The examples of racial, class, and colonial oppression unfolding as ecological violence are many: ongoing lead contamination in the water of the majority black city of Flint, MI; one of the world’s largest incinerators burning the trash of wealthy suburbanites into the lungs of Detroiters; the abandonment of the islands of Dominica and Puerto Rico in the wake of hurricane Maria; the struggle for Quilombo land rights among Afro-Brazilian descendants of fugitive slaves, who are fighting the encroachment of developers; the continued theft and poisoning of indigenous land and water for extractive capitalism in North Dakota, Utah, and throughout the Americas. While environmental and climate disasters may seem relatively new, they are in fact in line with a longer trajectory of land theft and racial violence produced by settler colonialism and the afterlife of slavery. In the U.S. context, settlers’ use of the concept of terra nullius to justify dispossessing indigenous peoples from their lands is based on the notion that the only valid relationships with land are ones predicated on whiteness and domination. This logic continues to inform the ecocidal land theft practiced by the U.S., made recently famous by the struggle over the Dakota Access Pipeline which was diverted from Bismarck through Sioux territory after residents in Bismarck objected.
Macarena Gómez-Barris, The Extractive Zone: Social Ecologies and Decolonial Perspectives. Duke University Press, 2017. 208 pages.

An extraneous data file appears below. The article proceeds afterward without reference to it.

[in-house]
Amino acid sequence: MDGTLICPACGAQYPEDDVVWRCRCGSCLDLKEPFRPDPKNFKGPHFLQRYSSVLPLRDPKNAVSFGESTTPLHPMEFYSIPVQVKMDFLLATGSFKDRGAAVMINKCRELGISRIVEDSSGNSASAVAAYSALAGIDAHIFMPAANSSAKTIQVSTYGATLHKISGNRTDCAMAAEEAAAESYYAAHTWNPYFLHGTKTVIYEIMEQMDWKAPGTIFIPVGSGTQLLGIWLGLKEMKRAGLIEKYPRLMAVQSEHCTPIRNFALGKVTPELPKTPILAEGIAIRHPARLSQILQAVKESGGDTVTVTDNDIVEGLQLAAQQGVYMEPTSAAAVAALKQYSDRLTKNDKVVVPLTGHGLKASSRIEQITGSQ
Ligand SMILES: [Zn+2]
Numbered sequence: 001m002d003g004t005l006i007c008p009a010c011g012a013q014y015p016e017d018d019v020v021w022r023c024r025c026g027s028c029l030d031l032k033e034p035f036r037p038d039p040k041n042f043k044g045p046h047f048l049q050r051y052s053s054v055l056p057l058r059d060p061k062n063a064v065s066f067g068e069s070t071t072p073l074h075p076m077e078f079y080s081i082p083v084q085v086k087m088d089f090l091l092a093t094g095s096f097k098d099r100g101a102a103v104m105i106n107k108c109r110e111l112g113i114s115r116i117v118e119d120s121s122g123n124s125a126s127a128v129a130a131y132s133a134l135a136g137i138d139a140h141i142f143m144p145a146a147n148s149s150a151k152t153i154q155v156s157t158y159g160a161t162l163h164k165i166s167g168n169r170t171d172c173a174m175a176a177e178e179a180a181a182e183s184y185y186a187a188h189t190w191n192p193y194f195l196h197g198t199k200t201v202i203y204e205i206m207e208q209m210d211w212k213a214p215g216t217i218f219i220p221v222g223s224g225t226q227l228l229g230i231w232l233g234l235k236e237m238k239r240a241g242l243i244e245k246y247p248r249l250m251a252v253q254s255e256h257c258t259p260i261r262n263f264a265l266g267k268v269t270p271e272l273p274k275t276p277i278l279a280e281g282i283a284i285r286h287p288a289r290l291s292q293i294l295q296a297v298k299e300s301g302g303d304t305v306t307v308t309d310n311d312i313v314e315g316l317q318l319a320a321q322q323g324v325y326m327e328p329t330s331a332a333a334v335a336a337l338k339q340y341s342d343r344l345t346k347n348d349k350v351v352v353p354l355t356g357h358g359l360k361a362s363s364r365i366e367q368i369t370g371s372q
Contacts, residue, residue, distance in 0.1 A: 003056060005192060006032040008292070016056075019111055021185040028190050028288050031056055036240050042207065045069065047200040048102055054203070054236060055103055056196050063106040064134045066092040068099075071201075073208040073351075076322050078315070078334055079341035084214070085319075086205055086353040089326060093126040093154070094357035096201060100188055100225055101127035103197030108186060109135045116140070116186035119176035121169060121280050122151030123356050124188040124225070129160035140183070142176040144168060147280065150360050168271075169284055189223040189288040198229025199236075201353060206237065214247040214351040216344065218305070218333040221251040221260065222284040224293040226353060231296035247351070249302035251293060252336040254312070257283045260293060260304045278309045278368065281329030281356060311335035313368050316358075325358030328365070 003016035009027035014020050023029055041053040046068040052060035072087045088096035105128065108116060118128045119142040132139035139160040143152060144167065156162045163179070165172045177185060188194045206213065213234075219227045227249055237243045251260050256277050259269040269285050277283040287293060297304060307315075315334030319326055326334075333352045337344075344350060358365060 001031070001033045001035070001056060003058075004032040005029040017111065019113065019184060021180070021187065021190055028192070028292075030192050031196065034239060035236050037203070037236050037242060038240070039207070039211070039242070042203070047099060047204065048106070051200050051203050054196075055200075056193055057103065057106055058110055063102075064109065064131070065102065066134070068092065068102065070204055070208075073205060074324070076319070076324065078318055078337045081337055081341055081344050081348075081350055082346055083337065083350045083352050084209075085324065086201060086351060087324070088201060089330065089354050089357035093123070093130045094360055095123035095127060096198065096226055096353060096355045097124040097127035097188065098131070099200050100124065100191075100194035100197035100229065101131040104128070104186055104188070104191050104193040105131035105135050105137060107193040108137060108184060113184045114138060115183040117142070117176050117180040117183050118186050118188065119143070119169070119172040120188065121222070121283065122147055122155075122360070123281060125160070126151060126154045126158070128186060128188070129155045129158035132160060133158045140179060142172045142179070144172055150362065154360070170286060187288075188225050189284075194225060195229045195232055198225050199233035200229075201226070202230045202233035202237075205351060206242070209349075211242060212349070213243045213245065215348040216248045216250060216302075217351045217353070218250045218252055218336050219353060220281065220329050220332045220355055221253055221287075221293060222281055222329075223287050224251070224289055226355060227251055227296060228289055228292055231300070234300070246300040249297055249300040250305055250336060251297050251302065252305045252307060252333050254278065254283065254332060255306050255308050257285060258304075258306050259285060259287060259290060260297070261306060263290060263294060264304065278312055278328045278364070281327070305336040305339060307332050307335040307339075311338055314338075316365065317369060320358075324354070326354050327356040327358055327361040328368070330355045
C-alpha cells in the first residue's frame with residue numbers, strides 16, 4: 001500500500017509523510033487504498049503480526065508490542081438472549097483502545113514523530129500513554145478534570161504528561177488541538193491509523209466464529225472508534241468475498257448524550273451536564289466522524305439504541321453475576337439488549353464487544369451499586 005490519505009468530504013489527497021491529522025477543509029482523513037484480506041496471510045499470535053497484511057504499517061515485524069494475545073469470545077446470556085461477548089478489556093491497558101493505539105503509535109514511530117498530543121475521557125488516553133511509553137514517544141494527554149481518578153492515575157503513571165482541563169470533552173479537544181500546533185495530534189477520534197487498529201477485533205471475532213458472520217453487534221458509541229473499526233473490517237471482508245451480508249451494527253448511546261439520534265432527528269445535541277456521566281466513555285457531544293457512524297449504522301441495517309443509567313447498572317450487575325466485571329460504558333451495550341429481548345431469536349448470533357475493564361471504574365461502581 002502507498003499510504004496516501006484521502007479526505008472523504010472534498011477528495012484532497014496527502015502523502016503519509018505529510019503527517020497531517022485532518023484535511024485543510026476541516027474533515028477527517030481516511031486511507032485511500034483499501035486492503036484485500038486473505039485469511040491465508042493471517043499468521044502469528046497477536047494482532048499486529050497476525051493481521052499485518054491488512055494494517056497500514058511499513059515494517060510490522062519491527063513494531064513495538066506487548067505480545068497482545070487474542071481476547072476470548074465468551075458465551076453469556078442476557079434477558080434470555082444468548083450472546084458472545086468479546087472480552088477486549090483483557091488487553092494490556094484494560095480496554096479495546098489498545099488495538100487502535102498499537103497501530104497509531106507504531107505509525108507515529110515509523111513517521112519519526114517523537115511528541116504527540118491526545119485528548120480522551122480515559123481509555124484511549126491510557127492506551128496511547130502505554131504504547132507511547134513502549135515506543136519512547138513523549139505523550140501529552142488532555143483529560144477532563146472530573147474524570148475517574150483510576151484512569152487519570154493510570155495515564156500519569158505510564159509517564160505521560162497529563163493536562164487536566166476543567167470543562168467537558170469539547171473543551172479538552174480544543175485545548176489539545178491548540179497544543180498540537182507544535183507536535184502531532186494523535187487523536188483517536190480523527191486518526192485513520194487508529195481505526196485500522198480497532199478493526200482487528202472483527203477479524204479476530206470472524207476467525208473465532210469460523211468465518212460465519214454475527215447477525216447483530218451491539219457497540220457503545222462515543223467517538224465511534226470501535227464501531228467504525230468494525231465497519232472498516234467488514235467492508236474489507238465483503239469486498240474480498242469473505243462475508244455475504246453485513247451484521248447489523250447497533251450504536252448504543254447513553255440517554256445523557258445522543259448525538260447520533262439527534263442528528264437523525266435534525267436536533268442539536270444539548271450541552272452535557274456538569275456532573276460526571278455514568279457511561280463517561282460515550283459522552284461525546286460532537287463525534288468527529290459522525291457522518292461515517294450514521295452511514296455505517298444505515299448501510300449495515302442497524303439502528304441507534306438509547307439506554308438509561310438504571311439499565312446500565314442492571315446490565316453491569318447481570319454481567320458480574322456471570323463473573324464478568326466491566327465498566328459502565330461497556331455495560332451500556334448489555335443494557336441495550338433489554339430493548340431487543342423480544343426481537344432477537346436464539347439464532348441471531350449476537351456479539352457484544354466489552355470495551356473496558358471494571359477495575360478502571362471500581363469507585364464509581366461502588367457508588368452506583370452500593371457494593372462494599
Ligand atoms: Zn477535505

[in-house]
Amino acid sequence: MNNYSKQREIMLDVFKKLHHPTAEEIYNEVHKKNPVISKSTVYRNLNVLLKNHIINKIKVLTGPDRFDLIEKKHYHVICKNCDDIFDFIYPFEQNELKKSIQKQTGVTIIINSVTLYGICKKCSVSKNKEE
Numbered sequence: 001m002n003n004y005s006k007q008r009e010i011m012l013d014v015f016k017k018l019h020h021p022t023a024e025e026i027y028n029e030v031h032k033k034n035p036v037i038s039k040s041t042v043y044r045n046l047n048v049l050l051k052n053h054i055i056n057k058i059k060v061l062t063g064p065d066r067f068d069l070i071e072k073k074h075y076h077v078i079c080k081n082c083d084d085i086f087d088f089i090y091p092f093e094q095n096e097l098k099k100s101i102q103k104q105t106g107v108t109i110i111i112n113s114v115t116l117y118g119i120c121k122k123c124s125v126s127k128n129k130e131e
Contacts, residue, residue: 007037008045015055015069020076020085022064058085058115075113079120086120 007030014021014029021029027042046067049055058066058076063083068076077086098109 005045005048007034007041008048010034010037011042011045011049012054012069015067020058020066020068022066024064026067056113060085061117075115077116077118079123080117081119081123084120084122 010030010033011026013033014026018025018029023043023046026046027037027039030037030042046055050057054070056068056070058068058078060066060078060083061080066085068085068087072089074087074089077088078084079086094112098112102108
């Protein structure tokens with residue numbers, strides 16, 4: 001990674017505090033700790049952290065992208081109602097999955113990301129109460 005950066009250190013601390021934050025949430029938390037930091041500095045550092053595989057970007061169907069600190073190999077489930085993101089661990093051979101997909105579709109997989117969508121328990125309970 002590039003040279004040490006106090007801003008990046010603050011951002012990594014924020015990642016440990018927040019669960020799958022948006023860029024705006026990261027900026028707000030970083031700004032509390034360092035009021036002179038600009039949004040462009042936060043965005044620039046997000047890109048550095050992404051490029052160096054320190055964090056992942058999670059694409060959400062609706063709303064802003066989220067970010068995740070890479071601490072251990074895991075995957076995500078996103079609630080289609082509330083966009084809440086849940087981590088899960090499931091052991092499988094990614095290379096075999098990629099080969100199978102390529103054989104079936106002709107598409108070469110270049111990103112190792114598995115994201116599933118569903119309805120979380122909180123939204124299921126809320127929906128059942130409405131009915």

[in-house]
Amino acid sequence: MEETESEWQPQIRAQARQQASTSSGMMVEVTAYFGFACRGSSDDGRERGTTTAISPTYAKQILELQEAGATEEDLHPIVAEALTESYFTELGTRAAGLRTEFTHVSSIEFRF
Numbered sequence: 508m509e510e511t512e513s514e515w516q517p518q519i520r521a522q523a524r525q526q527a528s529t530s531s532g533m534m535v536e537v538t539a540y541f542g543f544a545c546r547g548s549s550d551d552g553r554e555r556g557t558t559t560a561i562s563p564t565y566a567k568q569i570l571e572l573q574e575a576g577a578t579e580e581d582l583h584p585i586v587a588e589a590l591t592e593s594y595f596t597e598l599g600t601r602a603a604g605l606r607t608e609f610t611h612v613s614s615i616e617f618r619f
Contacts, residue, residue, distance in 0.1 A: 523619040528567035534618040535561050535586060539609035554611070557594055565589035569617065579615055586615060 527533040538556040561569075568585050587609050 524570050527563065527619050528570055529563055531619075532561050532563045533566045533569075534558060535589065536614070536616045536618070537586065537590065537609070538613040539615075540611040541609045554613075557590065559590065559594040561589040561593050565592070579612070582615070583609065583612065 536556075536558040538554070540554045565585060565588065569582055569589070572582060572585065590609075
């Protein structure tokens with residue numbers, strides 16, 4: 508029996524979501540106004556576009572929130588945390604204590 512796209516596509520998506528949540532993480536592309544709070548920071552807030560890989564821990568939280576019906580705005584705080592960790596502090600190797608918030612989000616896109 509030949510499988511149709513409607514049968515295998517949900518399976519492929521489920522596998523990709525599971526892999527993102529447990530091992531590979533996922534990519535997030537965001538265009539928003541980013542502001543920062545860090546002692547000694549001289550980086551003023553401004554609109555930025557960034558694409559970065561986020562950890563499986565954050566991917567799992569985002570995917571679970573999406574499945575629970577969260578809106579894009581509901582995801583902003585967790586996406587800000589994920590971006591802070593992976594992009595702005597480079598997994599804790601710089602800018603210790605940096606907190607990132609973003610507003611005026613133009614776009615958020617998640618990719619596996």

Communities of color have long articulated how environmental concerns are anchored to racism, reproductive violence, and criminalization. As a consequence of antiblack and anti-indigenous textures of ecological destruction, ecological concerns are necessarily gendered and sexualized as well. The legacy of reproductive justice activism by black, indigenous, and Latina women and feminists illuminates connections between environmental racism, sexual violence, and forced sterilization. In light of ongoing rhetoric about overpopulation and other racialized narratives of control put forth in the name of environmentalism, this tradition is a crucial one. These histories suggest that climate chaos is not an undifferentiated phenomenon caused or experienced evenly by a universal notion of humanity. In fact, it is the residue of conquest. Approaches to addressing climate change that are unconcerned with its racial and colonial implications will ultimately perpetuate them. Attempts to absorb environmentalism into capitalism and neocolonialism can never address the forms of racial violence that emerge as ecological destruction. The world in which these catastrophes are possible is the same world in which black and indigenous people experience racist state violence like police killings and incarceration. We must consider what possibilities exist for relationships with the earth that do not reproduce the conditions that brought environmental destruction. Gómez-Barris’s book begins to do this work.